The Night Mode sometimes yields a bit more detail across areas of high complexity, but other than that - the photos look more or like the same as the Auto ones.
Turning the Night Mode OFF on the zoom camera sometimes presents you with even more detailed photos, but they are darker and of lower dynamic range. Other times you will just get darker and noisier photos.
The Auto photos from the ultrawide camera are good. The resolved detail is satisfying, the noise is low, and the dynamic range is great. The colors remain saturated enough, too, and even if the pictures are a bit darker, they are still among the best low-light ultrawide ones we've seen.
The Night Mode sometimes improves the skies and the dynamic range, but for the most part - the Night Mode and the Auto Mode offer similar, if not identical photos.
Turning the Night Mode off will give you a bit darker and noisier photo, with still likable color saturation and enough detail.
And here are photos of our usual posters taken with the Xiaomi 13 Pro. You can see how it stacks up against the competition. Feel free to browse around and pit it against other phones from our extensive database.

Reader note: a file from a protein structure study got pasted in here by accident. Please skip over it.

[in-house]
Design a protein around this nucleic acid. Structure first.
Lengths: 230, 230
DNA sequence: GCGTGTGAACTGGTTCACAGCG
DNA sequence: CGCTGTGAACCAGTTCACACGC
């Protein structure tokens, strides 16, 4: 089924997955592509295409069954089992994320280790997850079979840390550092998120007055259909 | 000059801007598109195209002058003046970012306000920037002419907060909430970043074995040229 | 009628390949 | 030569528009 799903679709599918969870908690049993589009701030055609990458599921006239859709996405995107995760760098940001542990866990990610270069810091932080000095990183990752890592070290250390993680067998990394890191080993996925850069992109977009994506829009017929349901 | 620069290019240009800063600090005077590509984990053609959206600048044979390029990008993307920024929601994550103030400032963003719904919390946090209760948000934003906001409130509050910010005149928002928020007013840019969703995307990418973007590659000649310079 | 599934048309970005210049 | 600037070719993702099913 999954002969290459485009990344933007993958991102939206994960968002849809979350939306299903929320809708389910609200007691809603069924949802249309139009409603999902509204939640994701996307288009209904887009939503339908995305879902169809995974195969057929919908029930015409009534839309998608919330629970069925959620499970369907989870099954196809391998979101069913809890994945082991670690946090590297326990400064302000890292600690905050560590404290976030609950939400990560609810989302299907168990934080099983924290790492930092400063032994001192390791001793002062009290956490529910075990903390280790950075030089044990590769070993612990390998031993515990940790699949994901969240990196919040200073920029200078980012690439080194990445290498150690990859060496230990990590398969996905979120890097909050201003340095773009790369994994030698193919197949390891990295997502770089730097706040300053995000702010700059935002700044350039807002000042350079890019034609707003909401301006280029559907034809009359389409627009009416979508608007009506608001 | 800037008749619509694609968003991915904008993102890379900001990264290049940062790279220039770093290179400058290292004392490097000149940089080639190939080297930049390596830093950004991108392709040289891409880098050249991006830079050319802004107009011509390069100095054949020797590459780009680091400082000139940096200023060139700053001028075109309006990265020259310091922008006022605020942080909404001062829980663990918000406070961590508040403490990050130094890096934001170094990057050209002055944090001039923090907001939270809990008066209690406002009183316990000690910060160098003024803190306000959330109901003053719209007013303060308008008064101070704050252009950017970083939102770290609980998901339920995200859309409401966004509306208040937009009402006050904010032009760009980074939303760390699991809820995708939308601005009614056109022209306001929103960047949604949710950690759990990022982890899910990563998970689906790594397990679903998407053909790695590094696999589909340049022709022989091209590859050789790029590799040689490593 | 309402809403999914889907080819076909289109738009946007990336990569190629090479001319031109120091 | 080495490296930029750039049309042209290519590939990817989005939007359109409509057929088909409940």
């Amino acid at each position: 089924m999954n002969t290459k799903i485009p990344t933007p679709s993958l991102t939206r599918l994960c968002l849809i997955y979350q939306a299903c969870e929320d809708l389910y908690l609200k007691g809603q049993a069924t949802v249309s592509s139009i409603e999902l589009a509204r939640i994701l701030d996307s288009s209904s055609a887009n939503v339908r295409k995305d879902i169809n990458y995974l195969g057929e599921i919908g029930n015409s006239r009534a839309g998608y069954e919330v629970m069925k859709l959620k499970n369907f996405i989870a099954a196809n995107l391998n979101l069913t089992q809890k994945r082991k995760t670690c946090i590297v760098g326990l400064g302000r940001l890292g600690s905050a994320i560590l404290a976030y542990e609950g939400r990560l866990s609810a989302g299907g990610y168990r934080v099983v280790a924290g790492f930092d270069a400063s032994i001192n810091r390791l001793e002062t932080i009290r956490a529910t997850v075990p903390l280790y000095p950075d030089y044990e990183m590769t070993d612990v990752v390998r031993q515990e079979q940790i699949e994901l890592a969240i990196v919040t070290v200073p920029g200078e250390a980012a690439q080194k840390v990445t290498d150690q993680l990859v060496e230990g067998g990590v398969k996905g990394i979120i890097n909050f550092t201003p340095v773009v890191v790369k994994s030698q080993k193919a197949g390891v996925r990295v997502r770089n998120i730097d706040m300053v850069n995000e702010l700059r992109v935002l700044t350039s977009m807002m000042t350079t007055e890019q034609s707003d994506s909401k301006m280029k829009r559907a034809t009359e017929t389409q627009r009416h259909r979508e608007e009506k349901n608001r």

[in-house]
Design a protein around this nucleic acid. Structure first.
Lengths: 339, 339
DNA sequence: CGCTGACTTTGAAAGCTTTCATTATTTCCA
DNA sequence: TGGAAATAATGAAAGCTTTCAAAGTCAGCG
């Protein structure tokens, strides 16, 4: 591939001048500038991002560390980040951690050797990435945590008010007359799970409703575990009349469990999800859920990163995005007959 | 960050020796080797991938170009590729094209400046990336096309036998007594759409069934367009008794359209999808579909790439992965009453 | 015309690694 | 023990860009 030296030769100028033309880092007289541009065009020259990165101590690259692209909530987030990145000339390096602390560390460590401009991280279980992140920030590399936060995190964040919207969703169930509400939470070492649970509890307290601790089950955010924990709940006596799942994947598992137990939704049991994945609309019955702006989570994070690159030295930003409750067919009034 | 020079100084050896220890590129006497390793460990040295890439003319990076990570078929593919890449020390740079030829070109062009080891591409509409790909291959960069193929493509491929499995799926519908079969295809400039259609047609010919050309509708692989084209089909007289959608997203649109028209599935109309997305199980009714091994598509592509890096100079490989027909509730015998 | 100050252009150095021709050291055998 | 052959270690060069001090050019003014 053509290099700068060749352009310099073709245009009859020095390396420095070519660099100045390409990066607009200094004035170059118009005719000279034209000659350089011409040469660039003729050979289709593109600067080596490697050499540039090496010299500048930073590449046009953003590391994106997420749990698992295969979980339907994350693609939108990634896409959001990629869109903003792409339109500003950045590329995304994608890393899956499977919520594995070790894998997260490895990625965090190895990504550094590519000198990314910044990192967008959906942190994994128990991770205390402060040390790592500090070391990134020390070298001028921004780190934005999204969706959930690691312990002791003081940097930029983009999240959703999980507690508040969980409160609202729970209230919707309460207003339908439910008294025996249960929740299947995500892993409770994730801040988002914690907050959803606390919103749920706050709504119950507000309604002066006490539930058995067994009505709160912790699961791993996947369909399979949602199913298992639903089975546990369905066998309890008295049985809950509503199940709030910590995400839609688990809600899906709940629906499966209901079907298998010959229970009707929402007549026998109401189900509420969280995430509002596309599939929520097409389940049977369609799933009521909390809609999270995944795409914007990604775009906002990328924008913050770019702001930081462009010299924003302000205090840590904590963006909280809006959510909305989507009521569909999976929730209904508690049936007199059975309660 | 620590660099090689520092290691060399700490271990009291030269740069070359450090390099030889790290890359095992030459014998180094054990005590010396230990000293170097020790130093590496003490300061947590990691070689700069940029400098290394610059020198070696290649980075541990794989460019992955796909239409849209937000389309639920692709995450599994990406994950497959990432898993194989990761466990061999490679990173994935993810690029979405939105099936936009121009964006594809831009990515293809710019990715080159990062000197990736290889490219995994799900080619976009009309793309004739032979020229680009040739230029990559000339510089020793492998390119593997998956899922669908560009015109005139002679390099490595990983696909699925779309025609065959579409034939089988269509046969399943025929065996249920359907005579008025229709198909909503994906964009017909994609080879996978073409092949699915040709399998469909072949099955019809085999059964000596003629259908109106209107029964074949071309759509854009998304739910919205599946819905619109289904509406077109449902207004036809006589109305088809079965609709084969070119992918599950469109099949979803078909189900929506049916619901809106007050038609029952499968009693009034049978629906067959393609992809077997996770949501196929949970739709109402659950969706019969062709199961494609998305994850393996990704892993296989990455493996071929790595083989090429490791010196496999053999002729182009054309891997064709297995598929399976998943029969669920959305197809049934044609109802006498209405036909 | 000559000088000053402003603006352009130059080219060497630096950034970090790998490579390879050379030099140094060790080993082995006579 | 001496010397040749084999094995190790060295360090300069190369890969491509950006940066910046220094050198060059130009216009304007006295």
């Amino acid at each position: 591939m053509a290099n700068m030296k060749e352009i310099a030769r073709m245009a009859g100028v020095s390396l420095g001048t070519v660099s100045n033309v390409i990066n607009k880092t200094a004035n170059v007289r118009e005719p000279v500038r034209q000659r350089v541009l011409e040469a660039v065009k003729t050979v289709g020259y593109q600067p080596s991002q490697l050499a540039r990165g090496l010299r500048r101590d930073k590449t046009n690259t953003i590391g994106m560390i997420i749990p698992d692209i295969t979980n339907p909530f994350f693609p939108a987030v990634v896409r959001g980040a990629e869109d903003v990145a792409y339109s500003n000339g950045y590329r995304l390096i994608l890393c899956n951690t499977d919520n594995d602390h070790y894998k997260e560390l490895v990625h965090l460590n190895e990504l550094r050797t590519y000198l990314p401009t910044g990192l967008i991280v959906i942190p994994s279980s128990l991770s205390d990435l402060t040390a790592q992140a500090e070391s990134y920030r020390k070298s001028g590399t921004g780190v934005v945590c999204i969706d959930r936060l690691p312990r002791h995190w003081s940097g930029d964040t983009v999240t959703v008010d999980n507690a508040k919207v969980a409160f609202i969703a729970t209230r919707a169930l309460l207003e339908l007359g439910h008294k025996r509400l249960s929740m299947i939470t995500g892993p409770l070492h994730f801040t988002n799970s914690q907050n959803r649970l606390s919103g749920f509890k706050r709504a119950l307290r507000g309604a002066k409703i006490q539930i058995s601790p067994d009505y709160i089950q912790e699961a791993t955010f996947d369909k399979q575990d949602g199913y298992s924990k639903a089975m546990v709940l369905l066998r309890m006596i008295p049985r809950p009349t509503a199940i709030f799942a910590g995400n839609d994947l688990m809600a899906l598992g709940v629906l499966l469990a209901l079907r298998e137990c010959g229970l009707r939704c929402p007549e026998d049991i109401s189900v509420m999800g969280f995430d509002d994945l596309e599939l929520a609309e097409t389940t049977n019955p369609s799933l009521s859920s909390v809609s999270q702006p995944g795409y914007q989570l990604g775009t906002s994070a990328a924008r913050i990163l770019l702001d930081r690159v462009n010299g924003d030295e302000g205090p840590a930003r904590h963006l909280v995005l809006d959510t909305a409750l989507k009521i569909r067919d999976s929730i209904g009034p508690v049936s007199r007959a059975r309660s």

The Xiaomi 13 Pro can record videos up to 4K60 with all three of its rear cameras, while 8K24 is available only for the main camera. You can choose between the h.264 codec (the one used by default) and the more efficient h.265. There's always-on stabilization across the board too.
The selfie camera is limited to 1080p@30fps, EIS is still available.
The video bitrate is about 50Mbps for the 4K footage and about 100Mbps for the 8K videos. Audio is always recorded in stereo with 320Kbps bitrate, and it always sounds great.
The 8K24 video from the main camera is great - there is a lot more detail than what we usually get from 8K footage from smaller sensors. Sure, some of the foliage and other random detail may look somewhat artificial, but the footage is detailed enough, the noise is low, the colors are accurate, and the dynamic range is impressive.
The 8K24 low-light footage is not bad, too. There is enough detail, the noise is kept reasonably low, colors are nice, but the dynamic range is rather low.